Creative subjects in schools important to diversity.

‘There were shades of the Laura Spence affair in David Cameron’s recent swipes about diversity at the University of Oxford. Back then, Gordon Brown’s intervention in the case of a state school pupil with 5 As rejected by Oxford ushered in a golden era of government policy to widen participation in higher education. No such luck this time. Government policy has started to reverse access to parts of the sector – almost certainly by mistake.

The prime minister’s comments are a colourful take on parts of Jo Johnson’s recent green paper. Johnson wants 20% more black and minority ethnic (BME) students at universities by 2020, and Cameron wants that too. But not all of his ministers are pulling their weight. And although the government’s heart is in the right place, its head is not.

Let’s state the obvious. Universities are more open and diverse than they used to be, thanks to government policy and light-touch regulation. When the tuition fee cap rose to £9,000, we were instructed to spend some of the money on widening participation. This gave us the autonomy and funding – as well as a clear target – to do better.

As of 2015-16, black and minority ethnic students make up nearly a third of my university’s undergraduate cohort. Many other institutions have made similar progress. We plan to go further. In that sense, I don’t see huge challenges in increased targets.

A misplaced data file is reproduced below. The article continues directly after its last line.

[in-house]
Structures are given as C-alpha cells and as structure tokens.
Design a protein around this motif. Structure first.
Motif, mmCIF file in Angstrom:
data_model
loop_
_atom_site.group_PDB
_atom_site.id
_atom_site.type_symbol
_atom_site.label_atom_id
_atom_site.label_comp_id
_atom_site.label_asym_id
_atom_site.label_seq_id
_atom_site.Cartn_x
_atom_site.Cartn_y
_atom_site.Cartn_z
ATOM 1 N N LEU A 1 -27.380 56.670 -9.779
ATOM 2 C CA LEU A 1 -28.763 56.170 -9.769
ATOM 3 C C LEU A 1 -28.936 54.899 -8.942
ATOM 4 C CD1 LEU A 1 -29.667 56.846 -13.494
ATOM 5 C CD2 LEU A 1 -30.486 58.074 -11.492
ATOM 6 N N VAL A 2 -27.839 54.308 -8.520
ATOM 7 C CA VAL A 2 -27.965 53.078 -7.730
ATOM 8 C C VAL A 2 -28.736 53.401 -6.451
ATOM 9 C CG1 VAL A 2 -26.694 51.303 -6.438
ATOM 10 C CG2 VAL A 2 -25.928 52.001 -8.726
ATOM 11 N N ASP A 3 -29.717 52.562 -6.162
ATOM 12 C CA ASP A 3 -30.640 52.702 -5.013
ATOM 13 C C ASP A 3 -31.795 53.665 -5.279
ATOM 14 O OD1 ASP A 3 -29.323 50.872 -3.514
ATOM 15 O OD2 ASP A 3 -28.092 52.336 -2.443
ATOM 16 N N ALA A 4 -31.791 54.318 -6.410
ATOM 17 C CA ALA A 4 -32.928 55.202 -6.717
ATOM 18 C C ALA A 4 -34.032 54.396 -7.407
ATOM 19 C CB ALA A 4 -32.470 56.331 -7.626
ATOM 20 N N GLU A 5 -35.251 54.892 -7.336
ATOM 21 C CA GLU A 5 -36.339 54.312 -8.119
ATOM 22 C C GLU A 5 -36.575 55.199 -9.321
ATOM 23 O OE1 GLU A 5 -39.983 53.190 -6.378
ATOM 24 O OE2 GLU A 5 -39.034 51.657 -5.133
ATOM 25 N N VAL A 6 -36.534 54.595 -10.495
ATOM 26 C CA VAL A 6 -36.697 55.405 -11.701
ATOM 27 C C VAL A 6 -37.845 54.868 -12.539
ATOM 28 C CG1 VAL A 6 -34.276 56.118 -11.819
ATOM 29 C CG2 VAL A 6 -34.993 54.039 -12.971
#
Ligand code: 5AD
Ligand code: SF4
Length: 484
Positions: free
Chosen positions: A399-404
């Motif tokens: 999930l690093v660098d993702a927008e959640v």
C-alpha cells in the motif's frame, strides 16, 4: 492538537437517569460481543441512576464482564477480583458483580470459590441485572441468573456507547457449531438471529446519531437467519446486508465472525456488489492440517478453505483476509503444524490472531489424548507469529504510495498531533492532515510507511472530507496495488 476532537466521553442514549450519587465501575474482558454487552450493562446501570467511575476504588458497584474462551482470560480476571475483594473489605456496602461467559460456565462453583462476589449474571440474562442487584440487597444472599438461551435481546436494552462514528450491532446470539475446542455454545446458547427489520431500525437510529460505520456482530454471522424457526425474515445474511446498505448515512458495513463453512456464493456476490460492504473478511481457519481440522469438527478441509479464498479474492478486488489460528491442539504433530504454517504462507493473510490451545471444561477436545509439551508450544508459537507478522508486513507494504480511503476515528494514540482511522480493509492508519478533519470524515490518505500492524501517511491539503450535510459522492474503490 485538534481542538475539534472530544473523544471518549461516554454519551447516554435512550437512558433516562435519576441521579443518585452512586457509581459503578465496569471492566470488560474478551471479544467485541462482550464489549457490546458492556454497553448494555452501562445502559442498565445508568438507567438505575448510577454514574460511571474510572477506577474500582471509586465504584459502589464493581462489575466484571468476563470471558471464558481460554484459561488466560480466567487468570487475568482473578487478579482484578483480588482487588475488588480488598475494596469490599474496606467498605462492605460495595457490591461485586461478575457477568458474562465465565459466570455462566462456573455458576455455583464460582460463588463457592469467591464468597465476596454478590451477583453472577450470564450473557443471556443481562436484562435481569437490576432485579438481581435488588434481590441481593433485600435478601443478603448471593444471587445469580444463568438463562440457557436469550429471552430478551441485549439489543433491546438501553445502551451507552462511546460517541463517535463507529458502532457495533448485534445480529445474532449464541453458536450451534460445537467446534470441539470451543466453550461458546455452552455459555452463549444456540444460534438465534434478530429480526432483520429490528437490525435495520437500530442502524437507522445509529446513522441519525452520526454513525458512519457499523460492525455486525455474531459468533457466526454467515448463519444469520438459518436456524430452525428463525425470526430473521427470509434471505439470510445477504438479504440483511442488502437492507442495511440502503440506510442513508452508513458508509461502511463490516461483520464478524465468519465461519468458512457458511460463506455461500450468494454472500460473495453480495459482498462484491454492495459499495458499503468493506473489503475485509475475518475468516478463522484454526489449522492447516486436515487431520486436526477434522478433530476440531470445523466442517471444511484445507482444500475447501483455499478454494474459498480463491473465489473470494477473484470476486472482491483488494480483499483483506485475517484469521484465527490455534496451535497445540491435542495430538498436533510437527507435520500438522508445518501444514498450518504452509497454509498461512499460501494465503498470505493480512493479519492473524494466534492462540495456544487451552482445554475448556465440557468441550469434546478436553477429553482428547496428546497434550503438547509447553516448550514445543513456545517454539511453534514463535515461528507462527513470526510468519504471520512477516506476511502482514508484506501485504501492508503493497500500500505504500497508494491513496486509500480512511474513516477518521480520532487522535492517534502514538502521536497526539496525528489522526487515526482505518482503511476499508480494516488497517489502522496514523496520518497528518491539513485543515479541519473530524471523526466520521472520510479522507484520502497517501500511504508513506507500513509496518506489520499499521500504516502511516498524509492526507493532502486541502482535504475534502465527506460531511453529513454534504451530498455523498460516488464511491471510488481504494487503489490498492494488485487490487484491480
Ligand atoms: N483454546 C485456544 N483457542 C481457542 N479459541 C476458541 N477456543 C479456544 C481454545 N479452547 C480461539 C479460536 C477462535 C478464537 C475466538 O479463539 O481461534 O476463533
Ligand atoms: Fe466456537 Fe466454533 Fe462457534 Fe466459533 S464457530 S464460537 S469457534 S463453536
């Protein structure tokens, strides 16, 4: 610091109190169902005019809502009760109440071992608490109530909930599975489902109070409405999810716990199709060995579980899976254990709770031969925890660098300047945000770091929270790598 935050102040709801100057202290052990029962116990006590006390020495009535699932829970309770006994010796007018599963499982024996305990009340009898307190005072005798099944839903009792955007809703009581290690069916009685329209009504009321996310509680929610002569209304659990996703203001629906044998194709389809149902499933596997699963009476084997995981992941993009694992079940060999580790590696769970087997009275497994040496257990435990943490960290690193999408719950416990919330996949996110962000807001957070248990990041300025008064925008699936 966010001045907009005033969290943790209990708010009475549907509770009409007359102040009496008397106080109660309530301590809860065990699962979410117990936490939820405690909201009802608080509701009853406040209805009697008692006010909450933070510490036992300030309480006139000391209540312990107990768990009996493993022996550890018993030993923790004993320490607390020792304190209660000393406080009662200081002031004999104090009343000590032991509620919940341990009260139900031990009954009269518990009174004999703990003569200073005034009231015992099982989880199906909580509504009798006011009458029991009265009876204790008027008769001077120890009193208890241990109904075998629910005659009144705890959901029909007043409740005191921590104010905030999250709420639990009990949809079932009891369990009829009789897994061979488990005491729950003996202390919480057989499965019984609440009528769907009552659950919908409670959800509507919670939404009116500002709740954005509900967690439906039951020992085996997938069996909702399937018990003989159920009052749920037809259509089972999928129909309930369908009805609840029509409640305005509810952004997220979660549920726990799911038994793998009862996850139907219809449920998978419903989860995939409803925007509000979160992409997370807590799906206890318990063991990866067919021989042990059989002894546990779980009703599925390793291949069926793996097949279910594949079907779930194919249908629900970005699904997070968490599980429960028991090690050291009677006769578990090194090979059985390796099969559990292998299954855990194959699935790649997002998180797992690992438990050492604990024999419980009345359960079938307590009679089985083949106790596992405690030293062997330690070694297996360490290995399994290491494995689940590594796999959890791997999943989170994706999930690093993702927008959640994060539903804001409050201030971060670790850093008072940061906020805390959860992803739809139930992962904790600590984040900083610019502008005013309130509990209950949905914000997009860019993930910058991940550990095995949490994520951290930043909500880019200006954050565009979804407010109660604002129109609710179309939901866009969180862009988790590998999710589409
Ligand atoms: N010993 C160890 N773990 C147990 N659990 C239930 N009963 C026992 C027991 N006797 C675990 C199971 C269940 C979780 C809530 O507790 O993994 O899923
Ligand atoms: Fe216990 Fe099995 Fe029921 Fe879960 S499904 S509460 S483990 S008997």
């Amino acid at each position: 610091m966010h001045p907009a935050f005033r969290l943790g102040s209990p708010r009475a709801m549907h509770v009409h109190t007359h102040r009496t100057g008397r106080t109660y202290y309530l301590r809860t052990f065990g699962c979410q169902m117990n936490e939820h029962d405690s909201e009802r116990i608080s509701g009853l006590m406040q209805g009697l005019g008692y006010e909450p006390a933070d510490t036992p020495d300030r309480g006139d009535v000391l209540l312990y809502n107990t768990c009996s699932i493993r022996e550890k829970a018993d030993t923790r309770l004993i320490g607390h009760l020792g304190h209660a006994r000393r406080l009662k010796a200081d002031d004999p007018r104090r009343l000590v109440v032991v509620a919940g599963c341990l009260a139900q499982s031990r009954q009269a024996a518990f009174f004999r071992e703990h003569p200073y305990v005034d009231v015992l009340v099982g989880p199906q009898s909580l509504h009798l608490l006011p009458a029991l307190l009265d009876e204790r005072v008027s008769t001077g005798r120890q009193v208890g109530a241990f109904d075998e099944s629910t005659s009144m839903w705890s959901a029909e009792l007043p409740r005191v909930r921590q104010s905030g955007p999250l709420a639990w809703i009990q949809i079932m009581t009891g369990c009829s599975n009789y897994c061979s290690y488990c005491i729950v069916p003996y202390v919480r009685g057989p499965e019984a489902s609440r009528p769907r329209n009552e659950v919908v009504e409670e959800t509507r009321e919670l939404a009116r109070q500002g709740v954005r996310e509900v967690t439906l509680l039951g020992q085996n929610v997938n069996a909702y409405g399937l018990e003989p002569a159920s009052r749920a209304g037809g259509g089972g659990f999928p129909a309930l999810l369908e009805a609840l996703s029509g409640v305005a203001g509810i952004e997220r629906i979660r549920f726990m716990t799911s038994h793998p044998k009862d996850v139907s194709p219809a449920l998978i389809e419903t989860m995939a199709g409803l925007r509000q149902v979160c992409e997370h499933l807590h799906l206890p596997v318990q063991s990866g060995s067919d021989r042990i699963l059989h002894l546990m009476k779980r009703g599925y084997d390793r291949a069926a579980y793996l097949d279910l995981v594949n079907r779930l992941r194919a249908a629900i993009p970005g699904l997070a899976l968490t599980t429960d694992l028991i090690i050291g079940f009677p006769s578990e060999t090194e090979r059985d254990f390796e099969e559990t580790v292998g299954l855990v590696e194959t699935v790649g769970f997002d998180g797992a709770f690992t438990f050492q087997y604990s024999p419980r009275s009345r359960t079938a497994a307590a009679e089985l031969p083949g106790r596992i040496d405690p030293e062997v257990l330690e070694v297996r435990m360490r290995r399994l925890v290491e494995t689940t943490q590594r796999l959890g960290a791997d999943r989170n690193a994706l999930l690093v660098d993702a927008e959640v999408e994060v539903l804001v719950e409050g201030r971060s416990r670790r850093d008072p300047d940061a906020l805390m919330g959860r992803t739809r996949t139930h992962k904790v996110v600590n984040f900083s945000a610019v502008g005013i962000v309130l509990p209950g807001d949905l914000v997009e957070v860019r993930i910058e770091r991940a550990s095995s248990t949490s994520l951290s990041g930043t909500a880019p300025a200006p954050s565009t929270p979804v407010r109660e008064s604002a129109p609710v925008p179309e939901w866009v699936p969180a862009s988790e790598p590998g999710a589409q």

But you can’t get to university before you’ve been to school. So while the Department for Business, Innovation and Skills is making the right noises about tertiary education, the Department for Education’s (DfE) English Baccalaureate is cutting access at secondary level to one of the UK’s big education success stories.

As most people know by now, the EBacc doesn’t include creative subjects – which is a problem if you want to study those subjects at tertiary level. Most universities expect prospective students to have school qualifications in relevant subject areas. Creative specialists like us are no different.’ - Nigel Carrington, vice-chancellor of the University of the Arts London, in the Guardian

 

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